"Do everything else that seems reasonable, but kill the shell game." That was the substance of Ronald Reagan's strategic decisions on Friday, and -- whatever else you think of them -- waffling this was not.
There won't, and shouldn't, be any significant opposition to the proposals to modernize our strategic communications -- this area has been neglected far too long in the eyes of strategic mavens of a wide variety of political persuasions. Nor should there be any real balking at the submarine force improvements. A highly accurate submarine-launched Trident II missile is only prudent, especially given the difficulty we seem to be having getting a land-based one deployed; and putting more cruise missiles on our general-purpose submarines is a relatively low-cost and effective way to complicate Soviet nuclear war planning. The thrust of the strategic defensive improvements also appears reasonable in light of the run-down condition of North American air defense -- some room for quibbling, perhaps.
The B1 decision will provoke a fight -- necessarily almost a wholly uninformed one, because the competing "stealth" bomber's characteristics, prospects and problems are highly classified. A close call.
The big decision, and the big surprise, was the complete cancellation of the MX shell game. To deploy a few MX's in very hard silos for a short time -- until these also become vulnerable in the late 1980s due to Soviet accuracy improvements -- is to provide this part of our ICBM force with something more than a fig leaf of survivability, but something considerably less than a full pair of pants. (The administration's written statement essentially concedes this point.) Further, unless there is a major breakthrough in ABM technology (in a field, as Harold Brown puts it, other than ABM public relations), the decision to forgo multiple shelters makes ABM defense of MX considerably more difficult. This is because the more shelters you deploy that the bad guys would have to shoot at, the less your ABM has to do. With just a few MXs deployed in silos, and no shell game, any ABM is going to have to be very sophisticated in order to do its job; it will have to be able to shoot down large numbers of Soviet warheads before being destroyed itself. A possibility by the late 1980s, but a real -- so to speak -- long shot.
So where does that leave us with the problem of ICBM vulnerability with which we began? Is it real? Yes, and the administration admirably has not followed one or two academics and a gaggle of journalists into giddily thinking that Soviet ICBMs are not accurate. What about the highly advertised mid-'80s window of ICBM vulnerability? Because of the other strategic force improvements one might argue that, in context, it is less serious -- but it is undeniably still there. The major problem that the "window" once posed, it still poses: namely, there is a need to have another ballistic missile force, in addition to the submarine, as a hedge over the long run against Soviet anti-submarine warfare improvements. Bombers are fine, but they require warning from vulnerable satellites or radars to escape from their bases. Prudence requires more in this, the nation's most important job -- deterring nuclear war.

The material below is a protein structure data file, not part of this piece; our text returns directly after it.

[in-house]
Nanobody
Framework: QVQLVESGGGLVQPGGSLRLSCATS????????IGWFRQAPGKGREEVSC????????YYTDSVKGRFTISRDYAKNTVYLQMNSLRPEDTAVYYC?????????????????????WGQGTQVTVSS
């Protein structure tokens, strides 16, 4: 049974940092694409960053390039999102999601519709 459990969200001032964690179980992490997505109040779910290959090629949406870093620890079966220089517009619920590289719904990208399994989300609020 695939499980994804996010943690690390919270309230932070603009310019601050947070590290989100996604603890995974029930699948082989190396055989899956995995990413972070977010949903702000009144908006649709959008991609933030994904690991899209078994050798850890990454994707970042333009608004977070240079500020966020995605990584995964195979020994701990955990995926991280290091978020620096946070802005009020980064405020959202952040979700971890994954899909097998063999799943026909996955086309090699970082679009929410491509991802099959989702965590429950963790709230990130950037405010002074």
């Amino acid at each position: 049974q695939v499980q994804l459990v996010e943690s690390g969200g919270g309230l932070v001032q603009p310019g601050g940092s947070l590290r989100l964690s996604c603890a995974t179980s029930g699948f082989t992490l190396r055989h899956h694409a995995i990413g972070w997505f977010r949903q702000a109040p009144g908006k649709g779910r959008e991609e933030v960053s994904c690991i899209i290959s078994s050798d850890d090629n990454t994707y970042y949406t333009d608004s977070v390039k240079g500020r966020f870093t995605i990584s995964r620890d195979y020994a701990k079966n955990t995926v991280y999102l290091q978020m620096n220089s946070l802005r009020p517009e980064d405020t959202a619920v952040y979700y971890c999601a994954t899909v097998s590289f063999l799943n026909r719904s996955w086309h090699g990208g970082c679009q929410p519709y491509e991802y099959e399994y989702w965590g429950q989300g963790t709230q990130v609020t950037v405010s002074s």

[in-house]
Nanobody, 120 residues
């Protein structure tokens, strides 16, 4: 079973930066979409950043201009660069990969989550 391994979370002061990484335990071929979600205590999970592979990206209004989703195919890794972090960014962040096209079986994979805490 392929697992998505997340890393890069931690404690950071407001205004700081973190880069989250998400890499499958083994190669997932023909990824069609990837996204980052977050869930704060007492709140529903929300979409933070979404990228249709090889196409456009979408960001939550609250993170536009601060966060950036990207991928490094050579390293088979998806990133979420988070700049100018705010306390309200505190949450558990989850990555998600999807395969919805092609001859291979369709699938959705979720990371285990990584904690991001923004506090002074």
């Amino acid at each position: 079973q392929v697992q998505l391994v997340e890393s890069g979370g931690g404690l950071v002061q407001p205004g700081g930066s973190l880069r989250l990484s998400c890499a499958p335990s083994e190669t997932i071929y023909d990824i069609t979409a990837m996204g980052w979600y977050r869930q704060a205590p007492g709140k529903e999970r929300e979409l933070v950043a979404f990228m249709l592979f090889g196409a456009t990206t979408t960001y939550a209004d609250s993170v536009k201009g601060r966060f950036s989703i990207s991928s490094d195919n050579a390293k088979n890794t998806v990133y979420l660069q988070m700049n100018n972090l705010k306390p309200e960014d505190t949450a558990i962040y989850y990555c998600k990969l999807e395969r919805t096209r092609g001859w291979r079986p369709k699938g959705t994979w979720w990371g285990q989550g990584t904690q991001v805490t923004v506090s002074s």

The administration's program thus bets heavily on having one of two possible basing modes for the MX by the late 1980s. By then, its written statement says "we will have a better system." These are 1) deep underground basing -- burying missiles, e.g., in mesas in such a way that unrealistically massive attacks would be required to destroy them; or 2) continuous airborne patrol aircraft.
The latter particularly deserves careful and energetic study. The job of detecting, and tracking, and destroying dozens of such aircraft, flying anywhere over tens of millions of square miles of ocean, is not simple. The physics required is imaginable, but the engineering and electronics required to threaten such aircraft could be prohibitively expensive for the Soviets -- especially if we use clever countermeasures. In any case, the possibilities are great for aircraft that are so fuel-efficient (8 to 10 times better than current large jets -- as good as some types of ships) in roles other than carrying MX. For example, long-endurance aircraft may have utility as communications platforms, for ocean surveillance, or for military and commercial transport. (Perhaps not a bad way to reinforce Israel, or the Persian Gulf -- with that sort of fuel efficiency you can virtually get there and back without refueling.) So we ought to get on with them, and with the other R&D projects.
Indeed we have to. There's no going back now -- the shell game is dead without Ronald Reagan's support. But remember, such people as Sen. John Tower, the senior Carter administration officials, and -- most of all -- many officers of the U.S. Air Force are not crazy because they have long faces today. They supported the shell game because they felt a strong sense of duty to lead the country toward having a form of ICBM basing that -- however cumbersome -- had at least a chance to survive. With just the right combination of luck, sacrifice, effort, ABM protection or arms control limitations, it might have worked -- but the risks were great. Now, instead of taking that uncertain and difficult route -- or even maintaining it as a hedge -- we have headed down a path with different risks: we have made a high-stakes bet on our Yankee ingenuity.